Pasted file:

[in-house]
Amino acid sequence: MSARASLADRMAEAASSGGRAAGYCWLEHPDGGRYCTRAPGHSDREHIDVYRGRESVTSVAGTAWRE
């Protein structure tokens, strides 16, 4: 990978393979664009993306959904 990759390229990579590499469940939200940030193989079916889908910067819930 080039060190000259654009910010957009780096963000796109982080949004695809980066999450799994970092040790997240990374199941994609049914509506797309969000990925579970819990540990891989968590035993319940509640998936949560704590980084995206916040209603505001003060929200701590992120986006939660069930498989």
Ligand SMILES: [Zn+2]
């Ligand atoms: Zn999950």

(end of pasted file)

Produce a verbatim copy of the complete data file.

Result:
[in-house]
Amino acid sequence: MSARASLADRMAEAASSGGRAAGYCWLEHPDGGRYCTRAPGHSDREHIDVYRGRESVTSVAGTAWRE
């Protein structure tokens, strides 16, 4: 990978393979664009993306959904 990759390229990579590499469940939200940030193989079916889908910067819930 080039060190000259654009910010957009780096963000796109982080949004695809980066999450799994970092040790997240990374199941994609049914509506797309969000990925579970819990540990891989968590035993319940509640998936949560704590980084995206916040209603505001003060929200701590992120986006939660069930498989």
Ligand SMILES: [Zn+2]
């Ligand atoms: Zn999950």